Conclusion: The construct validity of the taxonomies of descriptors varies across the different domains included in the content model. In the abilities domain, the descriptors reflect a long history of psychological research on the nature and measurement of human abilities, but many of the descriptors in the skills domain lack such an extensive research base.
Conclusion: To gather information for most content model domains, the O*NET Center employs a multimethod sampling approach, in which respondents for approximately 75 percent of the occupations are identified through probability-based sampling, and respondents for 25 percent of the occupations are identified by other, less scientifically rigorous methodologies. Trained occupational analysts provide information for the abilities and skills domains. Taken together, these methods yield O*NET data derived from different types of data providers (occupational analysts, job incumbents, occupational experts) who may or may not represent the work performed in that occupation. The impact this has on measurement error is unclear, because each type of respondent introduces a different source of error.
Recommendation: The Department of Labor should establish and support an external technical advisory board, comprised of senior scientists, to develop a research agenda for O*NET that will prioritize research suggestions from its members, the department, the O*NET Center, the user advisory board recommended below, and other sources. At a minimum, it should meet twice yearly, once to establish research priorities for the coming year and develop requests for proposals reflecting these priorities and once to review and rank proposals submitted by academic researchers or contractors.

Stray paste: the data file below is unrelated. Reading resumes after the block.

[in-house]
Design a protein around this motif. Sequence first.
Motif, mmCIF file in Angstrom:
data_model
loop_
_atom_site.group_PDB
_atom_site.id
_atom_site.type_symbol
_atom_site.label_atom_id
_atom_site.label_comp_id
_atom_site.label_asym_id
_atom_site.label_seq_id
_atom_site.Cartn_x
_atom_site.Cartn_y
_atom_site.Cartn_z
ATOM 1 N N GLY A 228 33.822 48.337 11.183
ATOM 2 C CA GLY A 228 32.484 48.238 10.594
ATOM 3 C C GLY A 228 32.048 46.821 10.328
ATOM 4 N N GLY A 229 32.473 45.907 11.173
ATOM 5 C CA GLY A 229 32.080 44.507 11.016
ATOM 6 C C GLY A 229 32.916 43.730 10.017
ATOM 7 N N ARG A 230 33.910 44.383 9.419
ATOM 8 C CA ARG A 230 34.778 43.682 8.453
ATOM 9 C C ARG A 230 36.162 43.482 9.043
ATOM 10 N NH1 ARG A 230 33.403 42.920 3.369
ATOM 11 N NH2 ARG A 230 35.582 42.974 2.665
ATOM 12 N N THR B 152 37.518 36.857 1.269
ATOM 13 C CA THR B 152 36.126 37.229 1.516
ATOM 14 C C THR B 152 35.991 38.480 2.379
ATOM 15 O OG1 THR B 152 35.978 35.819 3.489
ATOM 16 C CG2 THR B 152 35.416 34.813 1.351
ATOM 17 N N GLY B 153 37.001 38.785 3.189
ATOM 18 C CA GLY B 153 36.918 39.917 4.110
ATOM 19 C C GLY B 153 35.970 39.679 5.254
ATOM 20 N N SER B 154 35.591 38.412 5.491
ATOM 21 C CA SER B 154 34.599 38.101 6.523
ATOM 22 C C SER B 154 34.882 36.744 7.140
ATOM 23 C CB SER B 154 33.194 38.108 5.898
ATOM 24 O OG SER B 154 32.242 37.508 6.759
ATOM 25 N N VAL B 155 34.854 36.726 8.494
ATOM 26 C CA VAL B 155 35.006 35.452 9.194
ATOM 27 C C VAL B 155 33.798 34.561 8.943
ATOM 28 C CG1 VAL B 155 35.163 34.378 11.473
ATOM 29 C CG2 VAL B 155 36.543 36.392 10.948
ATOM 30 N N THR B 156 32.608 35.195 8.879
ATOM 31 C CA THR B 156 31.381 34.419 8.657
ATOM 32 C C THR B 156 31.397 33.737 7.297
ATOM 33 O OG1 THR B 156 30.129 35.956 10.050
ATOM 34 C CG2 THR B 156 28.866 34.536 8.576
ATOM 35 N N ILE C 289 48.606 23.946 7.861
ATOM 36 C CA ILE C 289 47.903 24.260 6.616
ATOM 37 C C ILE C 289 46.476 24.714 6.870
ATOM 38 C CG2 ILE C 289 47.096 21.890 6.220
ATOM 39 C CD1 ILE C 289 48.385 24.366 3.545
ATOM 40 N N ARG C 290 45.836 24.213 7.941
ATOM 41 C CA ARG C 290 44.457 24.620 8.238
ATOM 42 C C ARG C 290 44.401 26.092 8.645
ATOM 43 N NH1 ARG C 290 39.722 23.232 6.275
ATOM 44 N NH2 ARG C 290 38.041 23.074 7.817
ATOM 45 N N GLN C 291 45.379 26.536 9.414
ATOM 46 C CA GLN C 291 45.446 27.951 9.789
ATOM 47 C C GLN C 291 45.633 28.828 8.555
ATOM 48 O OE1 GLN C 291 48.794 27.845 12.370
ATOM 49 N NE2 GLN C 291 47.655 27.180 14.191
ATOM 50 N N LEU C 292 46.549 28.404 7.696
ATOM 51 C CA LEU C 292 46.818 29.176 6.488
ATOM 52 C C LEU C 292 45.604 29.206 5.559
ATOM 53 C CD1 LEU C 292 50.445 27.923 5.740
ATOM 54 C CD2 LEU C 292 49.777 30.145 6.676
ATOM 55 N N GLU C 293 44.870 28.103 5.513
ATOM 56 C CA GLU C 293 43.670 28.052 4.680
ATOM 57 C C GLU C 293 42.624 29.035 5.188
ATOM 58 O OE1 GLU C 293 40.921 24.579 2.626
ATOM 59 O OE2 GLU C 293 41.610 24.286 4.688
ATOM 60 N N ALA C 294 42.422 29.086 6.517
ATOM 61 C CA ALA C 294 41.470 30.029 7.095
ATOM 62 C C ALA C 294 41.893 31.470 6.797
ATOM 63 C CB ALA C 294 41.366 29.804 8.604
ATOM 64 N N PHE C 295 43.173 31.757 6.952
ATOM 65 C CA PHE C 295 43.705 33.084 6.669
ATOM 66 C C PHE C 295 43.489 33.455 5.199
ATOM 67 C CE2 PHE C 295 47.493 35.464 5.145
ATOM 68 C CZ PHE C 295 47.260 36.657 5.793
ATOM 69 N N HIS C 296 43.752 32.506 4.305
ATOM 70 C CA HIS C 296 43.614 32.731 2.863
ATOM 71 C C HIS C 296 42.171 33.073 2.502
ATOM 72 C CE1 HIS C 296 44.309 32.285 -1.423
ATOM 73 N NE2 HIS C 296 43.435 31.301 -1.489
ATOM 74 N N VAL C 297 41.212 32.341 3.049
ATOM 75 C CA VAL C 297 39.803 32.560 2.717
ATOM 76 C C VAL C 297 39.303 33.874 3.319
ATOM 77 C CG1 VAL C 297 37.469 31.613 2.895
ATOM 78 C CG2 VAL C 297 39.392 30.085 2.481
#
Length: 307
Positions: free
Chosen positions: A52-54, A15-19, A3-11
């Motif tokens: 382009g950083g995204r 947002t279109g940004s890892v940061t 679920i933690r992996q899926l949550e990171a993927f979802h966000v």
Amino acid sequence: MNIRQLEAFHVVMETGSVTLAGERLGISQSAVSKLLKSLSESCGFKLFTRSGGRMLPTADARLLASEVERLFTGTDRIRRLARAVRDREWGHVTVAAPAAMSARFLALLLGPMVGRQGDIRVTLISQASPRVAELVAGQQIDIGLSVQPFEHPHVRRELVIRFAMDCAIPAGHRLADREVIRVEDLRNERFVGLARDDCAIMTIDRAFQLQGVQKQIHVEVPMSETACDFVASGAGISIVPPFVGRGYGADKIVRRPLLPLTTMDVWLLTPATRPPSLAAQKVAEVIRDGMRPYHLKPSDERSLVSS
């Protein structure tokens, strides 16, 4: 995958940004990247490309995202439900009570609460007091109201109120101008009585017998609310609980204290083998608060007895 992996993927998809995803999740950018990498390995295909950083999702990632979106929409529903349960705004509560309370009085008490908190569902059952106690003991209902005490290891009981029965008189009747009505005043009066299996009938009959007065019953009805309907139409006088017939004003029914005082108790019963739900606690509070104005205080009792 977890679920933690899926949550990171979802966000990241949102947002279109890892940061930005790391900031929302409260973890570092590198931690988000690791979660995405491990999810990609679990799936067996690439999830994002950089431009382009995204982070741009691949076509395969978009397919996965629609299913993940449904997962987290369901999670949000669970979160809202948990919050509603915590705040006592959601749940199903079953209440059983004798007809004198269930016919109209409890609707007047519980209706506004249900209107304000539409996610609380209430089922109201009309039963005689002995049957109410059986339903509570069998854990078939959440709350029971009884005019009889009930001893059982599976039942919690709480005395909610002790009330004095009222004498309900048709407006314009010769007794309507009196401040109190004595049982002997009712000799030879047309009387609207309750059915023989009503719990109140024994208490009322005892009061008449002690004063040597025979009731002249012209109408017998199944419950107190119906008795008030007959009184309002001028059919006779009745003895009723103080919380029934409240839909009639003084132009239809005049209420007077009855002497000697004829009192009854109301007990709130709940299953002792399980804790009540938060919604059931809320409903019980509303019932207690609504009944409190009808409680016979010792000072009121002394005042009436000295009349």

ENHANCING SERVICE TO O*NET USERS
Conclusion: The full potential of O*NET has not been realized, partly because of a lack of effective, ongoing communication and feedback between the O*NET Center and current and potential users. As a result, the O*NET Center has an incomplete understanding of user needs, resulting in development of an O*NET that is not fully aligned with these needs and marketing activities that do not explain all its potential uses.
Recommendation: The Department of Labor should establish and staff an ongoing, external user advisory board, including at least one representative of each major user group, as well as representatives of potential users in the U.S. military and in K-12 and higher education. The board should meet regularly to provide advice and recommendations to the Department of Labor regarding processes for identifying users’ evolving needs and communicating information about O*NET and its uses. New marketing and educational strategies must be aligned with the reality that, for many users, O*NET provides building blocks
(rather than ready-made solutions or final answers) toward more complete solutions.
The Department of Labor should not wait to initiate the research and development recommendations of this report until the technical advisory board and user advisory boards have been constituted and are fully functioning, but should proceed with continuous improvement initiatives using its traditional advisers until these boards can be established. The department should also establish mechanisms for ongoing communication between the user advisory board and the technical advisory board we recommend.